A Beginner’s Guide to International Driving

Embarking on an international driving adventure can seem like a thrilling chapter straight out of a globetrotter’s diary. The freedom to explore at your own pace, to discover hidden gems far from the tourist trails, is tantalizing. Yet, for many, the thought of driving abroad is met with anxiety. Language barriers, cryptic road signs, and arcane local customs can transform what should be an exhilarating experience into a daunting challenge. 

Street signs in ThailandThe first mistake most newcomers to international driving make is to do little or no preparation. Do some study and reading about local driving customs and road conditions. Study the State Department’s or Global Affairs Canada’s information regarding driving abroad. Road etiquette is not just about mastering the physical roads but also navigating the cultural rules of the road. In some countries, the car horn is a form of street poetry, while in others, it’s used only in dire emergencies. Understanding the local driving etiquette is as crucial as knowing your left from your right. Take the time to learn about the unique customs, from the mandatory offering of a ‘thank you’ wave in rural England to the aggressive merging techniques in Italy. Familiarize yourself with local laws, such as restrictions on turning at red lights or the requirement to carry high-visibility jackets in your car in parts of Europe.

Does your destination country’s norm include driving on the opposite side of the road from your own? Especially in countries that drive on the opposite side of the road from your domestic norm, practice is important.

Hint: “they” don’t drive on the “wrong” side of the road. Nor do you in your home country.

If you plan on driving in a country where driving on the left is the norm and you are used to driving on the right, practice extensively in an open parking lot on the weekend. Find a good, safe space and practice driving on the “other” side of the road.  If you have a friend who can practice with you, all the better!  Think through situations like 4-way stops, turning left or right at a street light with multiple lanes, merging lanes, and, of course, the dreaded roundabout. Remember too, that the steering wheel in your destination country may be on the other side. In counties that drive on the left, approaching traffic will come at you from a different direction. All in all, with practice, you can easily master the new habits, which is important because, in a panic situation, we tend to revert to the habits we know best.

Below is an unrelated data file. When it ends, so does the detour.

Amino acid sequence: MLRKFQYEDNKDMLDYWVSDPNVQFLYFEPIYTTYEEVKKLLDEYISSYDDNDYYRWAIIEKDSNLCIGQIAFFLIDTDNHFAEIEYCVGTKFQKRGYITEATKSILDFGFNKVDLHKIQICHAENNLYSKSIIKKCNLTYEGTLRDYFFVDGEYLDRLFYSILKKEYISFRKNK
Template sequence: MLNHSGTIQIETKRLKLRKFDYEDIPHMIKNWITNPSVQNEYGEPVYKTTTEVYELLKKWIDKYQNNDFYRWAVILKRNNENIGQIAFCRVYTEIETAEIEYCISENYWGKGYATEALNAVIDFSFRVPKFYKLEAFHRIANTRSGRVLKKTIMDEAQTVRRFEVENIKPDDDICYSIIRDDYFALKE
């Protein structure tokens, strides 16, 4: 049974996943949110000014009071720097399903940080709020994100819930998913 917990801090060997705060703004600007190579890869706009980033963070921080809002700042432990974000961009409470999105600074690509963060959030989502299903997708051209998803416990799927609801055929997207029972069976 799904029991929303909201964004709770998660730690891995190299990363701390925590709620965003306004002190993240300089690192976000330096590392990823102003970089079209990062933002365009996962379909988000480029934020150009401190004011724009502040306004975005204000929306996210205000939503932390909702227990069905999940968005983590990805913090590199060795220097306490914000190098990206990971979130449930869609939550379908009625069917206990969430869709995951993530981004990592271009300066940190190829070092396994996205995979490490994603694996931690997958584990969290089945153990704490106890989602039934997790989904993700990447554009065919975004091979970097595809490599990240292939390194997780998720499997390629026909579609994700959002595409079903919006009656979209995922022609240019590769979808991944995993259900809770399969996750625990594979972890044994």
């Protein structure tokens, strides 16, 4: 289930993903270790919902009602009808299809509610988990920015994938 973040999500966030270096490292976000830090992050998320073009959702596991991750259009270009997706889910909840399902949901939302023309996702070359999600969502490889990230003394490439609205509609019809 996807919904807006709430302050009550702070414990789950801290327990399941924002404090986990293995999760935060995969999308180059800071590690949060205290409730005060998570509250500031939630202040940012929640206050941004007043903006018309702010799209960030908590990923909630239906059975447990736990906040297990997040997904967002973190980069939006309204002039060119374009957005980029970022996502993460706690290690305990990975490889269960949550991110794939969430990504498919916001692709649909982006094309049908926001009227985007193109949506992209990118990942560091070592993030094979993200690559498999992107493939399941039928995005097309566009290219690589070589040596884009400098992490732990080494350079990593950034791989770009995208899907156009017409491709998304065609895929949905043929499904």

Round about sign for right lane countries

Once you are at your destination, don’t head right out onto high-traffic roads. Rather, find a quiet area to practice and gain your confidence. Drive more slowly at first and be sure to make good use of your mirrors. If you have a traveling companion, make them your co-pilot!

Will your U.S. driver’s license be valid? In some countries, yes; in others, no. Enter the International Driving Permit (IDP) – your golden ticket to the world’s highways and byways. The IDP validates your license, making it comprehensible to local authorities. Securing an IDP from the AAA before your departure smooths over many bureaucratic hurdles. The IDP is typically valid for only one year and must be accompanied by your native license.

The protective cloak of insurance is a near necessity. Your domestic insurance policy may have no validity in most countries outside of North America. Fear not, for there are ways to arm yourself adequately. You should inquire of your insurance company if your policy extends its embrace to your destination or consider purchasing a temporary policy that does. Car rental companies often offer insurance options, but beware – the coverage may be minimal. You should consider upgrading to a coverage level that would be the equivalent of your U.S. policy.

On the open road in foreign lands, you might find yourself on a serpentine mountain pass where guardrails are considered optional or in urban jungles where traffic laws are more like loose suggestions. Researching your destination’s road conditions is a worthwhile exercise. Take the time to study and learn to interpret the local hieroglyphs of road signs. Equip your vehicle with necessities like a spare tire, a map (or a local SIM card for live GPS navigation), and a basic understanding of the local language – at least enough to ask for directions or assistance.

Street signs in Brazil

Arm yourself with knowledge of local emergency numbers and ensure your phone is equipped to call for help. The availability of roadside assistance can vary wildly from one country to another, so it’s wise to know beforehand whether help is just a call away or if you’re more likely to be assisted by a passing good Samaritan.

 No matter where in the world you find yourself, the seat belt remains your most loyal protector. It’s the one rule that transcends cultural and legal boundaries, offering a degree of safety in the most unfamiliar terrains. Buckling up is not just a legal mandate but a universal nod to safety.

With preparation, a dash of courage, you can master the art of international driving.